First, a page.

O Guru Buddha Shakyamuni, please listen to what I now say.
From this time forth until I attain enlightenment
I go for refuge to the Three Jewels—Buddha, Dharma and Sangha—
And confess individually all negative actions.
There are six perfections of practice to train or develop this heart, and first is the perfection of giving. The following explanation is taken directly from A Handbook for the Daily Practice of Bodhisattva Vows and Tantric Vows.
In the practice of giving you should practice:
giving material help to those in poverty, including giving food to animals;
giving practical help to those sick or physically weak;
giving protection by always trying to save others’ lives, including those of insects;
giving love, learning to cherish all living beings by always believing that their happiness and freedom are important; and
_giving Dharma, helping solve the problems of anger, attachment and ignorance by giving Dharma teachings and meaningful advice. _ 
The following parable tells of Asanga, a Buddhist practitioner who had a great wish to understand the Perfection of Wisdom Sutra. Asanga tried to find a teacher to help him, but he could not—so he decided to attain a direct vision of Maitreya, who had received these teachings directly from Buddha Shakyamuni. To do so, Asanga went into a cave for three years and meditated and concentrated on a visualization of Maitreya, but it did not occur. Discouraged, he stopped his retreat.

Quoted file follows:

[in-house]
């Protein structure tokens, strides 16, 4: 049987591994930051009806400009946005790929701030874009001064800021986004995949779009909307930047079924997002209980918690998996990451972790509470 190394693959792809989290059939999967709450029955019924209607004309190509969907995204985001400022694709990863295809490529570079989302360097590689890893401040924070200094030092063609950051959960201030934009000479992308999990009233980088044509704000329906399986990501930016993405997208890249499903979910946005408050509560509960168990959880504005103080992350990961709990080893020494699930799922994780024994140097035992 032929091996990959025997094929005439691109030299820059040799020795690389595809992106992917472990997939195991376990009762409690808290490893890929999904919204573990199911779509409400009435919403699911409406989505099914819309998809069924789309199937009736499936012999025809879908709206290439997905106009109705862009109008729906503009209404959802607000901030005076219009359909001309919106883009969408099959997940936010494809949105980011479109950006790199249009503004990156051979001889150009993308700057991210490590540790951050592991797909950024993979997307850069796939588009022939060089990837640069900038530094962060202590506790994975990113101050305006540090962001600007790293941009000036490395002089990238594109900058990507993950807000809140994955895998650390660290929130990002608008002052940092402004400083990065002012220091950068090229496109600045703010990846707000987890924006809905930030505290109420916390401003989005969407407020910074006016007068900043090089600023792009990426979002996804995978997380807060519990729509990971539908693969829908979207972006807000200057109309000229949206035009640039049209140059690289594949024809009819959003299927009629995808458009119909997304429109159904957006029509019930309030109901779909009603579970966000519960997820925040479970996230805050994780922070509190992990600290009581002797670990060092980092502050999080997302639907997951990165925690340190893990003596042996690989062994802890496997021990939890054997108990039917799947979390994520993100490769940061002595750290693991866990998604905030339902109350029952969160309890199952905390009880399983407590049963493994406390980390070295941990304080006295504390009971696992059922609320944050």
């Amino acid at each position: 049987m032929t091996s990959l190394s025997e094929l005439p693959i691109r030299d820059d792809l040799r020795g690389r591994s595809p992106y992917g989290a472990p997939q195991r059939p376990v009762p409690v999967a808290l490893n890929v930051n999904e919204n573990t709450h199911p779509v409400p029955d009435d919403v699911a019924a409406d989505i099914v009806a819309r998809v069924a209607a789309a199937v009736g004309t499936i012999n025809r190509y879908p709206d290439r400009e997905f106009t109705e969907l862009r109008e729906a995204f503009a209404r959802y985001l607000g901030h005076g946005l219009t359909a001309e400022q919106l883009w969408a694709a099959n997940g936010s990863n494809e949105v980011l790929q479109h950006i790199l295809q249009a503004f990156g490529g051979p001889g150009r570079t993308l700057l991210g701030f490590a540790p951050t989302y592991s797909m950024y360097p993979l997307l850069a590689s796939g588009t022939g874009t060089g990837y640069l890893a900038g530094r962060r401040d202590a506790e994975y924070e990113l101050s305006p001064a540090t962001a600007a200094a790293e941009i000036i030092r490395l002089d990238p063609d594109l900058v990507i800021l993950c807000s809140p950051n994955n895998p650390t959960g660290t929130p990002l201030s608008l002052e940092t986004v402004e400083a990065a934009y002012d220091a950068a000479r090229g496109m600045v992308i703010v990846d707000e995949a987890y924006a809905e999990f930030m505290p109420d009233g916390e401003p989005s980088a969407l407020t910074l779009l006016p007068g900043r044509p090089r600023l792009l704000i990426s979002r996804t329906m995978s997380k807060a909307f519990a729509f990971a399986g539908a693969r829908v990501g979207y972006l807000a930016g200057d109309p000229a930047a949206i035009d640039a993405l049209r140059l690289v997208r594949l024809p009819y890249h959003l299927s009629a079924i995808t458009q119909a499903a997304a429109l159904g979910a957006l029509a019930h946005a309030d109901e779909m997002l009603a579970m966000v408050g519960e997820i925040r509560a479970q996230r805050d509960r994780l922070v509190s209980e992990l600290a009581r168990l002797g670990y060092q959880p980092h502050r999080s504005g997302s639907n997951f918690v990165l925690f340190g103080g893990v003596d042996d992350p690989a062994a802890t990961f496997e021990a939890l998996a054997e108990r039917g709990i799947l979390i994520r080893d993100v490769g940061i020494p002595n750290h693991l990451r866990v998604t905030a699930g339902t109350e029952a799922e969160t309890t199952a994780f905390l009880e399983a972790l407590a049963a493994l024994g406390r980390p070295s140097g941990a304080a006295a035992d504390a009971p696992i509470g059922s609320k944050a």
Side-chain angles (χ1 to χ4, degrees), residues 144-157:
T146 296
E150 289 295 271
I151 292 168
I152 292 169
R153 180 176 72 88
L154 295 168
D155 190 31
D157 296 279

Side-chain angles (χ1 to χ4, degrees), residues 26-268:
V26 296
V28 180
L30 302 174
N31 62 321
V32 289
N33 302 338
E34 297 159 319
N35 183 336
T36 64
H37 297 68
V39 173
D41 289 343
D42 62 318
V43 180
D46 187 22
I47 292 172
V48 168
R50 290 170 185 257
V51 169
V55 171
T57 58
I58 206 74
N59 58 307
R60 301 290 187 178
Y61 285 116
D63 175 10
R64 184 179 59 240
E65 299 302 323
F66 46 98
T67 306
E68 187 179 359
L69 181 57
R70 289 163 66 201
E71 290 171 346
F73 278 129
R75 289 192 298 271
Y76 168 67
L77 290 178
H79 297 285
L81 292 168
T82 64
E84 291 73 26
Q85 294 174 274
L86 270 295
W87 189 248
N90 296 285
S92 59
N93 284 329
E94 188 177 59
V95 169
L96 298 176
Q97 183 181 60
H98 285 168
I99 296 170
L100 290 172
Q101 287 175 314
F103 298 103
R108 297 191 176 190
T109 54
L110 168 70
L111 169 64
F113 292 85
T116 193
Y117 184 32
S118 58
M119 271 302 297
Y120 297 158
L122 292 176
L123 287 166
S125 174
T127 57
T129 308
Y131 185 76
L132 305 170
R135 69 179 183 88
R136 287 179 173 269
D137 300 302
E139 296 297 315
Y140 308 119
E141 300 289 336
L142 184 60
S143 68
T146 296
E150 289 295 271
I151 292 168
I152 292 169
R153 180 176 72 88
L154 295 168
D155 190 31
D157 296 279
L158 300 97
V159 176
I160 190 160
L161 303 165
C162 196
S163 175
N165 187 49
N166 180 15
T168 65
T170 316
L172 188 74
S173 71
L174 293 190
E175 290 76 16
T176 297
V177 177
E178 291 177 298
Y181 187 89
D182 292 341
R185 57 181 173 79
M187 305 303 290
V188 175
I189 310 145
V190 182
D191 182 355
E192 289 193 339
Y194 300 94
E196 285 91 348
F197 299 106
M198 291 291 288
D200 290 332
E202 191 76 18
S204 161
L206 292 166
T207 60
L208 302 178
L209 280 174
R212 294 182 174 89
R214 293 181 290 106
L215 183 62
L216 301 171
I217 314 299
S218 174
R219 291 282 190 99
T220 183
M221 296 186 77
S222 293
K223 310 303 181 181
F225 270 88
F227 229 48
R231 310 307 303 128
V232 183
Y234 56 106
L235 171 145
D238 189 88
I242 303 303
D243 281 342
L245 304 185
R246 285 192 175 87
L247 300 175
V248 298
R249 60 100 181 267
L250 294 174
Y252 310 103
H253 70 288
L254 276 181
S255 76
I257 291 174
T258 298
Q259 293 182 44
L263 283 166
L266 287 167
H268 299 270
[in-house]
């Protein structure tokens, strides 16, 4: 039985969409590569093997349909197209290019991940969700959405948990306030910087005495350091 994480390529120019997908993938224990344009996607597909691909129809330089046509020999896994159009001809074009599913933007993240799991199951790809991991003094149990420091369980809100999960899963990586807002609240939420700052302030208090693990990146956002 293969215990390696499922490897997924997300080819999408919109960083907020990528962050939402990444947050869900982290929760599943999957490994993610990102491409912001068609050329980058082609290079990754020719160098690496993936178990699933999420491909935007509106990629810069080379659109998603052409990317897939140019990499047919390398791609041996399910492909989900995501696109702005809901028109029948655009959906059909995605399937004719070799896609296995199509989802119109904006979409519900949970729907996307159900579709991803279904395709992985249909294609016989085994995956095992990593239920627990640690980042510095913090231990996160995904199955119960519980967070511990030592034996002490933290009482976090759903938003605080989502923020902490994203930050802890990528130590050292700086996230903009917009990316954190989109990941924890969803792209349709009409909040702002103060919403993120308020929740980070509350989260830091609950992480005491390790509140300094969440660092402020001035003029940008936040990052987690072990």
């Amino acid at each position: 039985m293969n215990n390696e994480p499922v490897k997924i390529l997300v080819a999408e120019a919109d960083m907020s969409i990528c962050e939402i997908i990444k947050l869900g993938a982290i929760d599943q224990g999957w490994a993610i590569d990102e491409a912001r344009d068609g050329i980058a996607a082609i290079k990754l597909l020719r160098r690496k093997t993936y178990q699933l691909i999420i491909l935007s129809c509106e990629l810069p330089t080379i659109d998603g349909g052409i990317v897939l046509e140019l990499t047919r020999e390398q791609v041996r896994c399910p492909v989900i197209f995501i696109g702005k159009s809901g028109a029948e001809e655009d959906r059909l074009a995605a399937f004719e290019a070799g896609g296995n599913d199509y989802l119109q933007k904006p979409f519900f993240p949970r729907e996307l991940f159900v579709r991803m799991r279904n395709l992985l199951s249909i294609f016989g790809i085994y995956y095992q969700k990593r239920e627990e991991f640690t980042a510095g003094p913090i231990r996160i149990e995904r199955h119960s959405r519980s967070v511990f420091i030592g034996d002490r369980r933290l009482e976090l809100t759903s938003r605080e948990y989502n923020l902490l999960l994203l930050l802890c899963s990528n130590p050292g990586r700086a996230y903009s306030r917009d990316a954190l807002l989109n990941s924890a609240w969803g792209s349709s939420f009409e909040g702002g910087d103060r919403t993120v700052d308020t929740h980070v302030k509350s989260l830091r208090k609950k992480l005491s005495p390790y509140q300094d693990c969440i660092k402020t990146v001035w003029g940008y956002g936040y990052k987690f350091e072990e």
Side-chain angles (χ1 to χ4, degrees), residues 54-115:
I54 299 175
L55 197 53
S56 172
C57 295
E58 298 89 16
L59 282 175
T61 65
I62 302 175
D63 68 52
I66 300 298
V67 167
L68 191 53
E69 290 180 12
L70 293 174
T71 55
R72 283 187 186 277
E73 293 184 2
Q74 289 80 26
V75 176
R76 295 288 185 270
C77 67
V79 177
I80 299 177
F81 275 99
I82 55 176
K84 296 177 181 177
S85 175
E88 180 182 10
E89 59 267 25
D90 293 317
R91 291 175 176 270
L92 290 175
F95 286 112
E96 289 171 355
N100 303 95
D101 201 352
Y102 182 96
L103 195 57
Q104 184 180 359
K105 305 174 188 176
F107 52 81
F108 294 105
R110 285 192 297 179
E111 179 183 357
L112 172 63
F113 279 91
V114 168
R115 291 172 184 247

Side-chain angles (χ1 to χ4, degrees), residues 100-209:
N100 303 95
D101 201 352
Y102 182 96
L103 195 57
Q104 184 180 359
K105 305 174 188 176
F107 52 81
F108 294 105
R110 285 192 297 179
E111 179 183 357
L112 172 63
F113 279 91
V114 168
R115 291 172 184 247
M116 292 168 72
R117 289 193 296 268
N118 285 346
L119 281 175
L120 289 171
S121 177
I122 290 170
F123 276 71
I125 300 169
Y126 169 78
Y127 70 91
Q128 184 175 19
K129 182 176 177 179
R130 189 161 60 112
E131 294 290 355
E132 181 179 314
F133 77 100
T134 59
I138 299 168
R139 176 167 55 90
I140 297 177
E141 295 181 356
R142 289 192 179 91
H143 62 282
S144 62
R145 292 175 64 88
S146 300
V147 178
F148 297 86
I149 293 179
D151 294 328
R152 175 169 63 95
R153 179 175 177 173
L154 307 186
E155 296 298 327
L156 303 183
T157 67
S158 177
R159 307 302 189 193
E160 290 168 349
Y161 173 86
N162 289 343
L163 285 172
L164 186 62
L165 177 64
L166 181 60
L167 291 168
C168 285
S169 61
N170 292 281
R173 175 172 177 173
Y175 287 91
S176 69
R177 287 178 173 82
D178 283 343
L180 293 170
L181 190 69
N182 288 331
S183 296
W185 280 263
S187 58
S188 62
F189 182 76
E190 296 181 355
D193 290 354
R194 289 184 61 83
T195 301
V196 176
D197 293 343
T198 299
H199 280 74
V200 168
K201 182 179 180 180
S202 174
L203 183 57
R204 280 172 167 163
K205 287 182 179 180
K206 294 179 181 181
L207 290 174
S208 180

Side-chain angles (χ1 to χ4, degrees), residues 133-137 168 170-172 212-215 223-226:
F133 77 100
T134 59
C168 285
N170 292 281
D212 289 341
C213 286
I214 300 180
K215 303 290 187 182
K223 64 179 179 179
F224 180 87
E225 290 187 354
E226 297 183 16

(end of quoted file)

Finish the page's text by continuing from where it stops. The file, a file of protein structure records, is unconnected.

Returning home, he met a man on the side of the road who was working hard to cut a block of iron with a peacock feather. Asanga asked the man, “How can you cut this iron block with a peacock feather?” and the man answered, “With effort we can accomplish anything. Look, I have already made some progress.”
“What are you going to do after cutting this iron block?” asked Asanga.
“Nothing, just leave it here,” answered the man.
And Asanga thought, “If this man can work so very hard for something that has no meaning, surely I can work continually in my retreat for something that will bring great meaning to myself and countless human beings.” 
The man cutting the block with the peacock feather was in fact emanated by Maitreya for Asanga’s benefit.
Within these letters I explore precepts of Buddhism such as emptiness, impermanence and transformation through sculpture, drawing, video, writing, and photography. These letters also tell a story of a personal journey and a deep relationship developed through a synthesis of artwork, spiritual practice, and dialogue with another.